Business course wins praise
A family business course being offered by the University of Adelaide is winning praise for focusing on an area which dominates the private sector in Australia.
An MBA elective taught within the Business School is geared towards family businesses, which make up 80% of the private sector in the country.
Dr Jill Thomas, a senior lecturer in the Business School, said the University's expertise in family businesses was now recognised nationally, attracting increasing numbers of students enrolling in the MBA elective and a recent Summer School program.
The professional development elective for the family business sector and its advisors is targeted at current and potential owners and managers of family businesses.
The course is open to both MBA students and outsiders and explores some critical issues facing the family business sector, including governance, succession, and family and shareholder relationships.
Alison James enrolled in the Summer School family business course last year, hoping to gain some insights to put into practice as a director of Alfred James Funeral Homes.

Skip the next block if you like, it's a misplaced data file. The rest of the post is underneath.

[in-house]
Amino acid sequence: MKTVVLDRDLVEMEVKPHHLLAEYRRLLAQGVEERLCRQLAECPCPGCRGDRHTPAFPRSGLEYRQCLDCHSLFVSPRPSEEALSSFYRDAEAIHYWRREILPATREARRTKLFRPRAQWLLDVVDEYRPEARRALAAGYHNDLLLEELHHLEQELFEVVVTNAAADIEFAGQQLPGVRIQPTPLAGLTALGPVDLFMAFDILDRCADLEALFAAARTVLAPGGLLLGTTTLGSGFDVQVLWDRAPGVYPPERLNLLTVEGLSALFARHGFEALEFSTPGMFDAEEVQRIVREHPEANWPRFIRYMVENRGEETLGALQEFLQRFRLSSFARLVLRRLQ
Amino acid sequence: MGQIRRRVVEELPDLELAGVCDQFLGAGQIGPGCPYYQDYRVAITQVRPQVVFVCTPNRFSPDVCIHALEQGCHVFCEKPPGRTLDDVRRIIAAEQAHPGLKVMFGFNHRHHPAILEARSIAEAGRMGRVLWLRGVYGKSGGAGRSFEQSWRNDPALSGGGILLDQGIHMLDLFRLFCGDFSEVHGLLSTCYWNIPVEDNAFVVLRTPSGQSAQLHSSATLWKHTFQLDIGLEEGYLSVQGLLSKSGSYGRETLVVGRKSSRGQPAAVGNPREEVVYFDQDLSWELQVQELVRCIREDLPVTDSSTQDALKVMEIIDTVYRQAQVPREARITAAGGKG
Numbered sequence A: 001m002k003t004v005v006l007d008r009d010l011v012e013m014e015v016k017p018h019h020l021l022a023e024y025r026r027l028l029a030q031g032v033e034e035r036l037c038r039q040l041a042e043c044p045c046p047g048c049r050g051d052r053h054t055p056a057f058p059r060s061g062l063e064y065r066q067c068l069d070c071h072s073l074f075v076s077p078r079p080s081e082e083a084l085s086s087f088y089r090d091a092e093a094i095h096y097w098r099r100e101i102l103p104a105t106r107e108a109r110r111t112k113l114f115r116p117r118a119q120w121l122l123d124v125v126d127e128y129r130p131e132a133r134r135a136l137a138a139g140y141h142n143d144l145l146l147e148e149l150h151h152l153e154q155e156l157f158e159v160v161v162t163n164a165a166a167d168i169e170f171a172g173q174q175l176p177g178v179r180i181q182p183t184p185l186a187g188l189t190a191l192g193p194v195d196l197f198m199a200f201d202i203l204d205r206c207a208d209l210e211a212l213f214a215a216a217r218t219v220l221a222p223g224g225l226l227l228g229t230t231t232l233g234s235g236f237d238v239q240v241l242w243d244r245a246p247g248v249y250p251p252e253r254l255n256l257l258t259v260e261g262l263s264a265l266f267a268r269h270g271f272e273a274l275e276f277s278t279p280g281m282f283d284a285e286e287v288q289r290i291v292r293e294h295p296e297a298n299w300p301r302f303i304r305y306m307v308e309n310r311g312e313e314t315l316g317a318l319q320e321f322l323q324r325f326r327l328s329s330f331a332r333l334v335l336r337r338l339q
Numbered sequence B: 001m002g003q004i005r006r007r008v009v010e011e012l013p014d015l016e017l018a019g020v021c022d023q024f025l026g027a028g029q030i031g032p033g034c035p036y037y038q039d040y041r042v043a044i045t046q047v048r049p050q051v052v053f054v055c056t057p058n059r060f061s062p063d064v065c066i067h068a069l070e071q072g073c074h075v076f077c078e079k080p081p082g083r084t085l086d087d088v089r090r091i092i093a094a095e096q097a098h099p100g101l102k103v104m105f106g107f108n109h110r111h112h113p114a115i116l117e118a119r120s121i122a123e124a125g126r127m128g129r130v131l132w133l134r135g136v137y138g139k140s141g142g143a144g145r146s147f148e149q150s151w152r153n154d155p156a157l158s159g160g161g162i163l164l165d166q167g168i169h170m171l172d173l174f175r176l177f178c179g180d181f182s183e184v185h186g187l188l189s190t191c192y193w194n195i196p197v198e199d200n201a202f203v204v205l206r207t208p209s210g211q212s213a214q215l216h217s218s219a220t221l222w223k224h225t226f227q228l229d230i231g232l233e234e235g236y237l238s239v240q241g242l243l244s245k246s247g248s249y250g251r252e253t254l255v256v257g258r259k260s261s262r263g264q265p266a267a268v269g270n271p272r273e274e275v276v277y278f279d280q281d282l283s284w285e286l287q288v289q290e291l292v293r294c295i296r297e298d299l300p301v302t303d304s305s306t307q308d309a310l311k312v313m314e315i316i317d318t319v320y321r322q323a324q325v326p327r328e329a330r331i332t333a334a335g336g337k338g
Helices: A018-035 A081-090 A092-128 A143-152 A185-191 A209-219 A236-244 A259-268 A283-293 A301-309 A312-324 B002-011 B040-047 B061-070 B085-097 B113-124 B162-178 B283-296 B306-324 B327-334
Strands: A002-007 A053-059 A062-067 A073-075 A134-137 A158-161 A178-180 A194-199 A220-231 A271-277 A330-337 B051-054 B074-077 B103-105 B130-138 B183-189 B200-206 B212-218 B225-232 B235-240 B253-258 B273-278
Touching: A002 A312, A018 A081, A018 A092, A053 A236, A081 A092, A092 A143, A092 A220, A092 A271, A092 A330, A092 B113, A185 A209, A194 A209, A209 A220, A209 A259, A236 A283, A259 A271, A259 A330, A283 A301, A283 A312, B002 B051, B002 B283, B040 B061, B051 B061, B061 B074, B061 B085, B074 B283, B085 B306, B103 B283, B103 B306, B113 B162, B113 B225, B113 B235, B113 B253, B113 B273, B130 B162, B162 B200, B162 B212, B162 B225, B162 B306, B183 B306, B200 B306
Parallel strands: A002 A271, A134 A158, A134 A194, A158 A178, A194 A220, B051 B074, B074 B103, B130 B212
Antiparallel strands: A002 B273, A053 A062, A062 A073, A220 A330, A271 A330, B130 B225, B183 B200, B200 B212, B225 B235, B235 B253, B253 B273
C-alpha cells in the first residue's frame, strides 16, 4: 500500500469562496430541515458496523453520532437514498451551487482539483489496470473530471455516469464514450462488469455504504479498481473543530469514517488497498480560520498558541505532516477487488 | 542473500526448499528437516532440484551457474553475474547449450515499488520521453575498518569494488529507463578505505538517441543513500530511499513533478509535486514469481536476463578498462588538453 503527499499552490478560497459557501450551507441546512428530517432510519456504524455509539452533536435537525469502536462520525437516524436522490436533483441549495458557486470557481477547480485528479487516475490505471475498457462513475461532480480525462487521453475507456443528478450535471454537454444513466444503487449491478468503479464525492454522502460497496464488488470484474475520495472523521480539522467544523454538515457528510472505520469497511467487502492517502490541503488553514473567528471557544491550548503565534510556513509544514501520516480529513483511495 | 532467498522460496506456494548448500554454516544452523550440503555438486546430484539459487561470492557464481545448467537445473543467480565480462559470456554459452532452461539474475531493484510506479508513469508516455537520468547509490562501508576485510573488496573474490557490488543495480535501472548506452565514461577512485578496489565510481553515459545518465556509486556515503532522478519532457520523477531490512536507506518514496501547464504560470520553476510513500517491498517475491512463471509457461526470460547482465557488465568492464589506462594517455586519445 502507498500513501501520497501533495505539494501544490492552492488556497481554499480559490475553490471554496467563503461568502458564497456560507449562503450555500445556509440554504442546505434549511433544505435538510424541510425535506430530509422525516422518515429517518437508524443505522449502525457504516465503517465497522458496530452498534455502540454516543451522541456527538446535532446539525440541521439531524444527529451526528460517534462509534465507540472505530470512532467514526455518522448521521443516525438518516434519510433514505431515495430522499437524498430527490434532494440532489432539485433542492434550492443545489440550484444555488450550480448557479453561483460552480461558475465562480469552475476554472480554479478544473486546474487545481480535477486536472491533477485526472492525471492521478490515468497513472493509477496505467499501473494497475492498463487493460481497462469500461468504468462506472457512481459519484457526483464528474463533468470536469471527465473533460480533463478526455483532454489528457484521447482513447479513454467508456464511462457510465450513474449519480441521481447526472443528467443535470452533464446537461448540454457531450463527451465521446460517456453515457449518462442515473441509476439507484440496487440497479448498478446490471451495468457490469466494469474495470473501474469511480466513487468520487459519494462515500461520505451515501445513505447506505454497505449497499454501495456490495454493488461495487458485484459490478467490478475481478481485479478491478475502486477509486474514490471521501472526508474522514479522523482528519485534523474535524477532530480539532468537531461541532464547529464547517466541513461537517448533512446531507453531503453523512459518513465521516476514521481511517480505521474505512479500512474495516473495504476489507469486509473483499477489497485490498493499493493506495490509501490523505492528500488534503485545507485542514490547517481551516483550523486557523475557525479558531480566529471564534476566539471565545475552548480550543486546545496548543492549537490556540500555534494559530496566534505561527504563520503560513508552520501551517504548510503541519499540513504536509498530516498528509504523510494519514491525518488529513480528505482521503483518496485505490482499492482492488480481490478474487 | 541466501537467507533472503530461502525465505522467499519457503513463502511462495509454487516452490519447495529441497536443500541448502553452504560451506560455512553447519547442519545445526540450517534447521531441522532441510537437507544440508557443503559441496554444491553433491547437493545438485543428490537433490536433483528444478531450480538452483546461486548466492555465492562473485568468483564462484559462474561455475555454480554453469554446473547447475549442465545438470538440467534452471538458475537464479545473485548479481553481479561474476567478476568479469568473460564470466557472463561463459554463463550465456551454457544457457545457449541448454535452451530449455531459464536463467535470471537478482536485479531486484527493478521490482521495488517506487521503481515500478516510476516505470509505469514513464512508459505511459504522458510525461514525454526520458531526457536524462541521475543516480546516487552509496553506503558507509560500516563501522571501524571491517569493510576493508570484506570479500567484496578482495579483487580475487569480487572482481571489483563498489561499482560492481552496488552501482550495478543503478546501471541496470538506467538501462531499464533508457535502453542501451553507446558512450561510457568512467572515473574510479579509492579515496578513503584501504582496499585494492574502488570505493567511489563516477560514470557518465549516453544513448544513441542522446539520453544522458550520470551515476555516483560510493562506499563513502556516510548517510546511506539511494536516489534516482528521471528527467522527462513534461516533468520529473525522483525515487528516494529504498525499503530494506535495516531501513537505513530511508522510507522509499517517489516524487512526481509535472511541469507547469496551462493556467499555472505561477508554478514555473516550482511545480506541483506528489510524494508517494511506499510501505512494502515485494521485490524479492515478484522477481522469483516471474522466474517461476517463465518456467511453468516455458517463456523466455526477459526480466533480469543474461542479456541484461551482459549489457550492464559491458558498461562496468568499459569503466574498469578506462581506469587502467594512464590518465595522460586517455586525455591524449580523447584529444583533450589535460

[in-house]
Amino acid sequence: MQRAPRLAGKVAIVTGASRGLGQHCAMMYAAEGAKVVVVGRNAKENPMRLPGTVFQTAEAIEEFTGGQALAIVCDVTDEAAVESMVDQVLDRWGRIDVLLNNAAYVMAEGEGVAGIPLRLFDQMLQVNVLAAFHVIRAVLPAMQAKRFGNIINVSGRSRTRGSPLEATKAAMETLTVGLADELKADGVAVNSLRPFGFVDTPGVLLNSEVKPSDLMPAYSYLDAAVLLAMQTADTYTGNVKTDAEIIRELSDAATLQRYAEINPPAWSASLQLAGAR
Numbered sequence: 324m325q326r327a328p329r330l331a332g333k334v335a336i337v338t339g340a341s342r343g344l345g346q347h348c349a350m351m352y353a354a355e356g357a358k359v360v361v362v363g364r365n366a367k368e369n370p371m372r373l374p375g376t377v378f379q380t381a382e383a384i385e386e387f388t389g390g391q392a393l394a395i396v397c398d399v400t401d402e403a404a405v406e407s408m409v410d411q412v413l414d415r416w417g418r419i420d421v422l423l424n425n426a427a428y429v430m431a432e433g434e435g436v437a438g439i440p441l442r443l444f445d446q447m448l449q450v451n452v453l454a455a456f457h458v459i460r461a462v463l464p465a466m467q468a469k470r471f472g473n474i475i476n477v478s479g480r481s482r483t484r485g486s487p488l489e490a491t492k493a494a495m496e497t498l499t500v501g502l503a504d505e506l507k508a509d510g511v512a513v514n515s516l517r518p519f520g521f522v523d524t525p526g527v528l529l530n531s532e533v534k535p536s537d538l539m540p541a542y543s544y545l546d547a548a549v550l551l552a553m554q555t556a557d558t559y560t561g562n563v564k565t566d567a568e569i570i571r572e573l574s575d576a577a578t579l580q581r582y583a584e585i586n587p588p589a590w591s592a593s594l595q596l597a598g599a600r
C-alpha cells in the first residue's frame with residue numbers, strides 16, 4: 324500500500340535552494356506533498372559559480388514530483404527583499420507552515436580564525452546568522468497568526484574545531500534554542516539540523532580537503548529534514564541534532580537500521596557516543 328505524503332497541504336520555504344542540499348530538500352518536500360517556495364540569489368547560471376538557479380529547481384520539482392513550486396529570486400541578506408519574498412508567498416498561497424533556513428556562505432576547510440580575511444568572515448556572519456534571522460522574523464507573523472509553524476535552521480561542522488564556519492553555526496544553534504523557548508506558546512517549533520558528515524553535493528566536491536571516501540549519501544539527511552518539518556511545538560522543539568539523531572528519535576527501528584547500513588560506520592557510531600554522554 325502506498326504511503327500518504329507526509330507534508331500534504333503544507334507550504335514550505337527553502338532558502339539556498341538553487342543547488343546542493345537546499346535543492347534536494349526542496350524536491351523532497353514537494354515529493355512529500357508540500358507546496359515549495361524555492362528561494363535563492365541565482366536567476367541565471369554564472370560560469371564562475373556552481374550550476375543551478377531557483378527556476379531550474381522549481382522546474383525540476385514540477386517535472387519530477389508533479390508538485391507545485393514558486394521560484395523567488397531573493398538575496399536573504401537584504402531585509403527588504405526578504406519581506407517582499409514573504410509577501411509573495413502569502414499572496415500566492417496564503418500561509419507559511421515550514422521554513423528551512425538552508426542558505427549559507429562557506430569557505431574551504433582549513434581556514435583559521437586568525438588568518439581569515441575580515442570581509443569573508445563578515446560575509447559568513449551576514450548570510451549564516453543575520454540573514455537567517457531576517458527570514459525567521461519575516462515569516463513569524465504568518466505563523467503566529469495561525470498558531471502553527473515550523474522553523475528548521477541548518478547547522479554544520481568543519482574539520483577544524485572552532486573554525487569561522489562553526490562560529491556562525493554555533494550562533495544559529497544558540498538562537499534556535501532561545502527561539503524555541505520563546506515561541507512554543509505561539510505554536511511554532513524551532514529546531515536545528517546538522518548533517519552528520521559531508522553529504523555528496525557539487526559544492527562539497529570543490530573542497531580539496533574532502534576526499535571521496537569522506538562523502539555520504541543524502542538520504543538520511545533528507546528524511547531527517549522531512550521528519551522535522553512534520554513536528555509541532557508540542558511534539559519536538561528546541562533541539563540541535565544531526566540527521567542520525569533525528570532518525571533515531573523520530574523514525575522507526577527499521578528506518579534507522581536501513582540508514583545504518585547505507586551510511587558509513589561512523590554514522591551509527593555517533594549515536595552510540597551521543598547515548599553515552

"I learned a great deal about family governance and the values and cultural differences that set this group apart," Ms James said.
"The discussions with other people working in family businesses were invaluable and I now have much clearer lines of duties and responsibilities as a director of a family business.
"Having a course specific to family businesses is long overdue. It does not matter if you are a director or a steward of a family business − there are many challenges peculiar to this sector, particularly with succession planning, and dealing with different personalities and skill levels that are quite complicated," Ms James said.
Current MBA student Andrew Cooper who hopes one day to be involved in the family business - Coopers Brewery - said the elective recognised both the strengths and strategic competitive advantages of family businesses.
"In the past there has been too strong a focus on the downsides and negative consequences that can arise from family involvement in a business. I was thrilled to see a course that offered something positive," Mr Cooper said.
"The family business elective provides a stimulating environment to share thoughts and learn from the experience of others with similar interests but varying backgrounds," he said.
In 2011 Dr Thomas and Dr Chris Graves launched a Family Business Education and Research Group (FBERG) to encourage the University's links with the family business community. For more details visit www.business.adelaide.edu.au/fberg/